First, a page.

5G Report Ranks 50 US States For Service Speed, Here's Where Top Bandwidth Is Served
The state of 5G
is improving in the United States, both in terms of average download speeds and overall availability. To what extent depends on where you live, naturally. Illinois, for example, leads the way with an average 5G download speed of 141.4 Mbps, while Vermont brings up the rear as the only US state to see speeds run below 50 Mbps on average (48.7 Mbps).
Those numbers (and more) come form the latest report by Opensignal, in what can be viewed as a sort of State of the 5G Union update. And it's mostly good news. The report states that the 5G experience is rapidly changing for the better in the US as carriers flesh out their 5G networks and, just as importantly, deploy new 5G spectrum bands.
In 23 US states our 5G users experienced average 5G download speeds above 100 Mbps, with a further 13 states scoring between 80 and 100 Mbps. That’s a significant improvement compared to six-months ago, when only the state of New York exceeded the 100 Mbps threshold," the report states.
By our count, 34 states are seeing average 5G download speeds of at least 90 Mbps. That's encouraging, though on the other side, there are still a handful of states clocking in at under 60 Mbps. They include Montana (59.2 Mbps), Wyoming (59.1 Mbps), West Virginia (56.2 Mbps), Maine (52.2 Mbps), Alaska (50.6 Mbps), and Vermont.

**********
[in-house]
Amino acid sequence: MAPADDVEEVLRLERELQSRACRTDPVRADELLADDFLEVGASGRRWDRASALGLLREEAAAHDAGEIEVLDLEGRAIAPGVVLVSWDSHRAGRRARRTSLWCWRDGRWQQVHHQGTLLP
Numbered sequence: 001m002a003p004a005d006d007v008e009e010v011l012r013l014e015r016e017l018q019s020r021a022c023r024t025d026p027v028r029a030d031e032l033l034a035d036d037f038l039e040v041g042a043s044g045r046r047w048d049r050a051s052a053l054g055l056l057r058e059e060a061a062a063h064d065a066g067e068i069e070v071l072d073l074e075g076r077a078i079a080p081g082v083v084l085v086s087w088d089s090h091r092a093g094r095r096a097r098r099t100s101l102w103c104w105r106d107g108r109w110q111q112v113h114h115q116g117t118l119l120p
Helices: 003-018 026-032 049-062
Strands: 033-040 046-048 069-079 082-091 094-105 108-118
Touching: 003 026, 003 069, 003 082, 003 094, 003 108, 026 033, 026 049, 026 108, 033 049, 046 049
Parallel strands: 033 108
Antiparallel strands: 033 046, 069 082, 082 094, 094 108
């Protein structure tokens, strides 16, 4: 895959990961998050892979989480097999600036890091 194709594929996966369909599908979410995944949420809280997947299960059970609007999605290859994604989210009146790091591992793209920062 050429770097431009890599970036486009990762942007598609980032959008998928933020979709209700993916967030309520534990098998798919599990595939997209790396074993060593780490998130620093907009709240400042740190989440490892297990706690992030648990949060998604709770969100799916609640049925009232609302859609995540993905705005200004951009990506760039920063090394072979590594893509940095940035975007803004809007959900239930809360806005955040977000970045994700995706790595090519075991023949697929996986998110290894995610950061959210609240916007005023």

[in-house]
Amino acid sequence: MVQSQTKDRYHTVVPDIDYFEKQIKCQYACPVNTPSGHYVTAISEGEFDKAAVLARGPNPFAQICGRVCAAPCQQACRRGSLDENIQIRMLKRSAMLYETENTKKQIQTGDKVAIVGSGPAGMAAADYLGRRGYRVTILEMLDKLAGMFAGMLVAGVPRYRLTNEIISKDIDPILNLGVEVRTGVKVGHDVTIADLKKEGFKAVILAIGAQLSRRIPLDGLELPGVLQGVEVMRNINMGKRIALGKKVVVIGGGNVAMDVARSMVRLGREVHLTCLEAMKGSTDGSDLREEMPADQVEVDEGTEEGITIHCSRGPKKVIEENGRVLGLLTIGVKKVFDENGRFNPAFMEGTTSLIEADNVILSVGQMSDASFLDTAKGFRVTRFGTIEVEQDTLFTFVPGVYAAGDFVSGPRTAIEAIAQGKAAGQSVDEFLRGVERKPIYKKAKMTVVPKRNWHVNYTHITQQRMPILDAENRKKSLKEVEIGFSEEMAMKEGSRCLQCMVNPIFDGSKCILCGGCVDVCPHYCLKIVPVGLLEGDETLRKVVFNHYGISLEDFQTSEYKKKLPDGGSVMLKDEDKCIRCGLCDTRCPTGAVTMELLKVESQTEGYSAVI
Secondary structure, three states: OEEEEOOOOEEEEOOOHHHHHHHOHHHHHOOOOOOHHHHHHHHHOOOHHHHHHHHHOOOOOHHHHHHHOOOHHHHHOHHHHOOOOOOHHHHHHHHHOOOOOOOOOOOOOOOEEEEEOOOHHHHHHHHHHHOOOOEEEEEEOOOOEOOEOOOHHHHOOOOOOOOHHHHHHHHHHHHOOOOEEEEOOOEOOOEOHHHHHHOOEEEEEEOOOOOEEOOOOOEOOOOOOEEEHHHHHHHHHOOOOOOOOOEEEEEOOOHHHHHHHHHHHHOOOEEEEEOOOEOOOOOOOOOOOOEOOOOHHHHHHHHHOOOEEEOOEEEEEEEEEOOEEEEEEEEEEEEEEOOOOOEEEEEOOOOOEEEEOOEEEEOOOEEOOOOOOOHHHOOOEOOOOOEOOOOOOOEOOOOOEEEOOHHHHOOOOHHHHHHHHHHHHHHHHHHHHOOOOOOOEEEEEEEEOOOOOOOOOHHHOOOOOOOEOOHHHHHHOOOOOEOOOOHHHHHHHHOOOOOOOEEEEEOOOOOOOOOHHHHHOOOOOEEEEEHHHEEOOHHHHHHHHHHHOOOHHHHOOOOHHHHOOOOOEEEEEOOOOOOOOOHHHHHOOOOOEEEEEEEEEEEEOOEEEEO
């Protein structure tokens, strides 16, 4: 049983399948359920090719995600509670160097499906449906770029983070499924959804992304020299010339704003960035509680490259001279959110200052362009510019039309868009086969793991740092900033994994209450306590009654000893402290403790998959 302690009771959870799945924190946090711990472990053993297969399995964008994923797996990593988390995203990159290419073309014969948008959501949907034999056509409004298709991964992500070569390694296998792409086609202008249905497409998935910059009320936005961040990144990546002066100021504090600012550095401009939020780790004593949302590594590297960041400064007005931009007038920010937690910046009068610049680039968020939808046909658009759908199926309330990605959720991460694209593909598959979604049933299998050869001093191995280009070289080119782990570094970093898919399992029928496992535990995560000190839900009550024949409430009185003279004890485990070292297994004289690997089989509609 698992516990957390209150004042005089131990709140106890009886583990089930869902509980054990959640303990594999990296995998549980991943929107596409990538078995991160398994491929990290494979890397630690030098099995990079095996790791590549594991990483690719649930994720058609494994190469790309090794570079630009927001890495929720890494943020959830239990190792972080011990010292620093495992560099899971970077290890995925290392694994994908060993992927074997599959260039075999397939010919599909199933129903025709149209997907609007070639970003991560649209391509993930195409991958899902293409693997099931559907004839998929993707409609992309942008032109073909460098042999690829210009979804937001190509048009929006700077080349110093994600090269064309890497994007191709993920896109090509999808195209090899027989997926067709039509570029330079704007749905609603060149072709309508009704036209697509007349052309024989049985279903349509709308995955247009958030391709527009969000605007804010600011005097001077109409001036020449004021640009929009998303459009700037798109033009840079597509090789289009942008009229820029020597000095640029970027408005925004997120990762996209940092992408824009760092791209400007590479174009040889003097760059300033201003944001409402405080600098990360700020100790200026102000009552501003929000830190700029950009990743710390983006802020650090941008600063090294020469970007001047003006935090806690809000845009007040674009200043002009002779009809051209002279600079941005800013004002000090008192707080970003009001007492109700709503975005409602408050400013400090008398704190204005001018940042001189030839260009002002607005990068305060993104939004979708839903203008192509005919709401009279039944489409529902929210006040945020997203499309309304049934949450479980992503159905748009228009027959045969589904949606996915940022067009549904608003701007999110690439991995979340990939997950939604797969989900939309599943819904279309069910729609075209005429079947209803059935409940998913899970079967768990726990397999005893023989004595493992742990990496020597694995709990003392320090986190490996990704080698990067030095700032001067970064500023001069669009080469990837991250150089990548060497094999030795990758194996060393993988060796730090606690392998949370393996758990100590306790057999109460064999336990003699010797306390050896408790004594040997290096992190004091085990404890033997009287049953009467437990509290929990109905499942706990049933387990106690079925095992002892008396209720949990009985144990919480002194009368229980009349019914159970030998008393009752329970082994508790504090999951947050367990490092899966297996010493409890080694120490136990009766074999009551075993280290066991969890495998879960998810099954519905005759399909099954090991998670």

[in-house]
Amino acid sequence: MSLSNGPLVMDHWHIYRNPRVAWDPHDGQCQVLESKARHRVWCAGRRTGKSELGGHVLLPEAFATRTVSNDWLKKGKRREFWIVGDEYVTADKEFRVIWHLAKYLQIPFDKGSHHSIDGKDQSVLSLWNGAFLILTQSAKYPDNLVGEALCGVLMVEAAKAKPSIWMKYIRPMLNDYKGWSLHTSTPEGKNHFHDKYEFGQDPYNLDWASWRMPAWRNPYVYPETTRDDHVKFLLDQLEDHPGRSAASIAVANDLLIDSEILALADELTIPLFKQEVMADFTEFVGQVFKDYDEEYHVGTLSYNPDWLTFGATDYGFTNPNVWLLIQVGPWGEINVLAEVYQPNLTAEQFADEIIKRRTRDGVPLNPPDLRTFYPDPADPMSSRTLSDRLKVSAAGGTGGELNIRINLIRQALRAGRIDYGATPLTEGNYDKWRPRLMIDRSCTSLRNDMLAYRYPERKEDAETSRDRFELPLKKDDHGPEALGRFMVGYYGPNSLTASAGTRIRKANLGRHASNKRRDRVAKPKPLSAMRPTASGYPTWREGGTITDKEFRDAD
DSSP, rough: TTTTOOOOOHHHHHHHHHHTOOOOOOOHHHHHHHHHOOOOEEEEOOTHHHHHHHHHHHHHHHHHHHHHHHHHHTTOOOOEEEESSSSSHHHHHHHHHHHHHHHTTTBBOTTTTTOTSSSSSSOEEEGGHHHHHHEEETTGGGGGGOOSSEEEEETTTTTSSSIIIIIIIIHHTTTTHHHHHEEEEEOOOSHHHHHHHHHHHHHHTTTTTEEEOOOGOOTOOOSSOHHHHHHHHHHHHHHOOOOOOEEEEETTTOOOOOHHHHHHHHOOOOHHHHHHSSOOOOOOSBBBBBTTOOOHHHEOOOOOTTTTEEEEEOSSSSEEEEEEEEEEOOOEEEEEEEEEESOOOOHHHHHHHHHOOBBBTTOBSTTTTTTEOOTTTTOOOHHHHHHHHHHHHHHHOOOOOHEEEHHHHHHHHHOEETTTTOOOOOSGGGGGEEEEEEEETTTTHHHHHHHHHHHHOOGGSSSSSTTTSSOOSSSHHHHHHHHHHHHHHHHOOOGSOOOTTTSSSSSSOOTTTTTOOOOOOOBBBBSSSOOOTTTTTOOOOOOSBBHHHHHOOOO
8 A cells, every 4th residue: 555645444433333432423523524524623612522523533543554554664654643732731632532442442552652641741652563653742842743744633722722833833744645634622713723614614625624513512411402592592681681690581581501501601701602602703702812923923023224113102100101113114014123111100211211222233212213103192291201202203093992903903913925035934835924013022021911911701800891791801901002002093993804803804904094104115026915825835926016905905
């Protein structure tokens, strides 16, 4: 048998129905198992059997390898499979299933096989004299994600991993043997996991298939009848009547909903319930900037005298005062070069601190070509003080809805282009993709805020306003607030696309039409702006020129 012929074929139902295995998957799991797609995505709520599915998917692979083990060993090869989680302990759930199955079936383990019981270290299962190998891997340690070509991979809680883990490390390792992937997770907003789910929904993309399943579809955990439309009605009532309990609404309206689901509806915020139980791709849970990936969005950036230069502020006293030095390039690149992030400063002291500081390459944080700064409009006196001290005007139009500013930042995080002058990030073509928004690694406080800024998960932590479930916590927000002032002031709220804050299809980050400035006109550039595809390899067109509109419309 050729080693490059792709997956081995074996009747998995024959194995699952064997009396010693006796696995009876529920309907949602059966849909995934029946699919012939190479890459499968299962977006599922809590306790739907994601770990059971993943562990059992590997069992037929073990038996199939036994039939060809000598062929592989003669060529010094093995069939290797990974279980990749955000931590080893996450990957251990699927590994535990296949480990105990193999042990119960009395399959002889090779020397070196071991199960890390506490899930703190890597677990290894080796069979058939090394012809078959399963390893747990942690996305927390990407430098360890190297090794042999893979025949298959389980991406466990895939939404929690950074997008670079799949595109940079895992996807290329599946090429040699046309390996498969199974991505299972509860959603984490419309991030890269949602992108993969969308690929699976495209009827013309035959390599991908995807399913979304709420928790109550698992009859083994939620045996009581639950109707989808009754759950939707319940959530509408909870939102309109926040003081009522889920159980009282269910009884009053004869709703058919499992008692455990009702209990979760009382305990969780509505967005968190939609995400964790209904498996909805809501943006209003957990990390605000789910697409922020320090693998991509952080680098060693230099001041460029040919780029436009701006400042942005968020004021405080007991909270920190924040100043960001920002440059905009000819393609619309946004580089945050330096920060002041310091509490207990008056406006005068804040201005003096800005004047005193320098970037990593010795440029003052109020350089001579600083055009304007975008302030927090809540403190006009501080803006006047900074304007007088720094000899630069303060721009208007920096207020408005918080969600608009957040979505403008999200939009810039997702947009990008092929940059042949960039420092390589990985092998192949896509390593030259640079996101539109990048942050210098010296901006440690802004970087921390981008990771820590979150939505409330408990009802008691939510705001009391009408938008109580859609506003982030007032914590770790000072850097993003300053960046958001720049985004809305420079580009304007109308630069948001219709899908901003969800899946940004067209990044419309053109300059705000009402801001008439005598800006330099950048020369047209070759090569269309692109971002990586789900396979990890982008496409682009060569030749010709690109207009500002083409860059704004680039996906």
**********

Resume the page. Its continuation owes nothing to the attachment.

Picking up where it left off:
Exceptions aside, Opensignal credits the rise in speeds to wireless carriers gaining access to new mid-band spectrum
for 5G, such as T-Mobile's 2.5GHz band deployments.
"These results help to explain why the C-band spectrum is important for boosting 5G mobile experience in the US. In fact, in our latest U.S. 5G Experience report we observed how T-Mobile had seen its 5G Download Speed increase further compared to previous reports, while Verizon and AT&T’s scores had remained virtually unchanged," Opensignal says.
AT&T and Verizon
are also deploying C-band spectrum, and because of this Opensignal expects its next report will show another jump in the average download speed.
Breaking the numbers down further, the report indicates that over the past six months, 5G users in 44 states saw an improvement in download speeds of 27 Mbps (36.6 percent) on average. Six states saw no statistical change, including Alaska, Montana, Nebraska, North Dakota, South Dakota, and Vermont.
As for the availability of 5G, Opensignal noted an increase in just 21 states, with Illinois and Texas leading the way.
"However, as we move towards the bottom of the table, we see 5G Availability decrease sharply. While last time we observed 10 states scoring below 15% in 5G Availability, this time it’s just seven states. North Dakota, Wyoming, Maine and Montana’s scores were statistically unchanged compared to the previous report," the report states.
It's an encouraging update overall, though 5G still has a long way to go before it approaches ubiquitous status. You can check out the full 5G report
for more graphs and numbers.